CSOs Hold Post Budget Dialogue 2016
By Lucky Brian Wamboka
On Thursday 16 June 2016, CSOs under the leadership of CSBAG held a Post Budget Dialogue at UMA Conference Hall. Following the National Budget speech read on 8th June 2016 for FY 2016/17, CSBAG in partnership with FRA, SEATINI, Trocaire, ESAFF, PELUM, UKaid, FOWODE, USAID, WaterAid and ISER organized a Post Budget Dialogue to convene citizens and assess Government performance in achieving quality service delivery in FY 2015/16 as well as interrogate the ability of the FY 2016/17 Government financing and expenditure options to effectively and efficiently enhance socio-economic transformation.
The event was attended by representatives from the Civil Society, Ministry of Finance, private sector, and media. Also to include development partners and farmers. To involve the public to share their views online, the first two sessions of the dialogue were broadcasted live on NTV Uganda and viewers were given an opportunity to contribute via the NTV twitter handle #UGBudget2016.
Noting that the National Budget is a tool that defines resource mobilization, resource allocation and resource utilization, these are aspects key concerns for the Non State Actors that need more consideration as they undertake advocacy activities. Upon this, CSBAG Coordinator Mr. Julius Mukunda in his remarks noted that CSBAG on behalf of CSOs has ably engaged the government vigorously and there have been some achievements like increase in the budget allocation for the Agricultural sector, influencing the president not to assent to the Income Tax Bill, engaged on the Public Finance Act and influenced the parliament. The government was able to open more space for CSOs to engage in the government processes and for the first time in history, Mr. Julius noted that CSOs were co-opted in all the regional consultations regarding the budget process.
However, some of the outstanding issues that CSOs need to consider and influence the government include advocating for: increased tax assessment, enforcement of tax payment and addressing tax evasion, strengthening performance contracts, minimized internal borrowing, effective cost public administration, awareness creation on who to hold responsible under the OWC regarding the distribution of fake inputs and minimized supplementary budgets which antagonize the whole budget process.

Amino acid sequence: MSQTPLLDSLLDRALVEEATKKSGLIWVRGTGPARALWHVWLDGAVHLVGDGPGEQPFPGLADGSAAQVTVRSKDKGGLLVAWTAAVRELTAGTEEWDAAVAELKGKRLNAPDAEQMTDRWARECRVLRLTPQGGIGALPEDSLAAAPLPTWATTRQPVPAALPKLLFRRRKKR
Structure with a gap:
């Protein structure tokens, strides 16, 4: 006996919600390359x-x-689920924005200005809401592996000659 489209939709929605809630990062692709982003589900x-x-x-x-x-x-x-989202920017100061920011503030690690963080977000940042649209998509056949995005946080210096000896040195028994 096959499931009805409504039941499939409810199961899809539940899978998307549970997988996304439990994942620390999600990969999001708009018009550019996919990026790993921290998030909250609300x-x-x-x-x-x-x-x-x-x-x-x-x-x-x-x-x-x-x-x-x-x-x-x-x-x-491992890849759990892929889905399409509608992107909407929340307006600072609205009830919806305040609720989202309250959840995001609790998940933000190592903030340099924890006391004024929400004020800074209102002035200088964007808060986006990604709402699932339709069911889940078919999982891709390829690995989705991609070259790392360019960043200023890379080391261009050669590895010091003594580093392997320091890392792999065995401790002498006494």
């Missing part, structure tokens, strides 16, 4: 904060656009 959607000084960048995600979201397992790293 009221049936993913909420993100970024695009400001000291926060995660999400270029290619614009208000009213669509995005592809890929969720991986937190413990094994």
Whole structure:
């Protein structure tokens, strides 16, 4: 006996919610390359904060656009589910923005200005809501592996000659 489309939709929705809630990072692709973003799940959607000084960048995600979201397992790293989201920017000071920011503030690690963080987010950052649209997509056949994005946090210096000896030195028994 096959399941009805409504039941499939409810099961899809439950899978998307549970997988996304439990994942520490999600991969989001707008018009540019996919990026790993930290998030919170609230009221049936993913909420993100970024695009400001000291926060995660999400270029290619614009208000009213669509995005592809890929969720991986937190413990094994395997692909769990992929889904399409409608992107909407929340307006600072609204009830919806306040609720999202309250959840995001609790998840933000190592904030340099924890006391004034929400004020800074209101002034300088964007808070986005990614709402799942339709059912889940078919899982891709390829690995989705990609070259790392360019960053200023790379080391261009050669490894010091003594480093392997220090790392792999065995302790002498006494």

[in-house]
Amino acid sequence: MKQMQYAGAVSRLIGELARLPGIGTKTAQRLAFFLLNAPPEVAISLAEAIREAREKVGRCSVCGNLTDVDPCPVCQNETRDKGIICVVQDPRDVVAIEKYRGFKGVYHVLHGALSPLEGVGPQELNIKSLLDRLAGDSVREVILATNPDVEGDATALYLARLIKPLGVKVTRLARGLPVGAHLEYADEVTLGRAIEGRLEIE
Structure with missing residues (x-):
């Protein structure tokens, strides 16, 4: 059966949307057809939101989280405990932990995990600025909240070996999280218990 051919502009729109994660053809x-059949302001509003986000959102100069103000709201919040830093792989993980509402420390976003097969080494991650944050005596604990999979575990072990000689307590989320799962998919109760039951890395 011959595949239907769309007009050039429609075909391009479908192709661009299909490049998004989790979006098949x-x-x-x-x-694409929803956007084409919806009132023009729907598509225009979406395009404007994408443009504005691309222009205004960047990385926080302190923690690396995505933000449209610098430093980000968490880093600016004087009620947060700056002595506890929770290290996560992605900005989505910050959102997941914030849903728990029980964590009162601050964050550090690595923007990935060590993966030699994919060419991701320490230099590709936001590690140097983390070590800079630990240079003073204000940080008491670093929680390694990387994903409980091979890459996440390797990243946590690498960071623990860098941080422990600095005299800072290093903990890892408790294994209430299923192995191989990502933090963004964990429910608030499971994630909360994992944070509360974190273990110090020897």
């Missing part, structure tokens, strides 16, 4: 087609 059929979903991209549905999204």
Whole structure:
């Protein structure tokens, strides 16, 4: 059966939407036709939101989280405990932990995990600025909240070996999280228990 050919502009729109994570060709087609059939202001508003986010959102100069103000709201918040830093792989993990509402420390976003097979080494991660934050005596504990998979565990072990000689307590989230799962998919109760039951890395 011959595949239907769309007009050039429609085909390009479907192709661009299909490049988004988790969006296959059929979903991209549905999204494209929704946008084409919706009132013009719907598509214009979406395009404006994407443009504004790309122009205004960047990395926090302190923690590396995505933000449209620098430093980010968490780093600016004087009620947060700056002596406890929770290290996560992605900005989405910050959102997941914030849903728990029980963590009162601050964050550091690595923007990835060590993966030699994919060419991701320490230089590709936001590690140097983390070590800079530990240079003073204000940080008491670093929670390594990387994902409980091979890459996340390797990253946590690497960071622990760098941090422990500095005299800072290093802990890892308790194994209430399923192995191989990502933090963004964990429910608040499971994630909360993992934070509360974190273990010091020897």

The key note speaker Mr. Fred Muhumuza presented that this year’s budget may not deliver basing on the concerns he raised on each of the sector performance for last FY2015/16. Under the Agricultural sector, productivity has declined due to inadequate support provided to farmers by the extensionists. He recommended that, “more funds need to be allocated to the sector to realize increased productivity in tea, coffee, fish and milk production.” Furthermore, the other key concern raised was about the establishment of the cooperative bank that was highlighted in the 2014/15 budget speech and it has never been put in place.
The Director Budget from the Ministry of Finance, Mr. Kenneth Mugambe highlighted that some of the challenges faced are lack of a proper post harvesting strategy to minimized post harvesting losses, corruption where a lot of money is lost along the procurement process although measure have been put in place like decentralizing supervision and monitoring of funds. One of the Member of Parliament present Hon. Komakech Andrew raised an issue that there is a serious logic about the budget saying it will be affected by the size of Cabinet which is not reflective of the revenue that Uganda intends to generate.
Mr. Julius Kapwepwe, the board chairperson, CSBAG while closing the dialogue recommended that CSOs should continue being consistent in their work and commended the government for the positive response towards their concerns. He pledged on behalf of CSBAG they will continue to encourage citizens at the local and also engage in local government forums and that the public will always be updated via online platforms. A bigger discussion is also to be opened on Non Tax Revenue to include money collected as penalty for road offenses and how it is spend.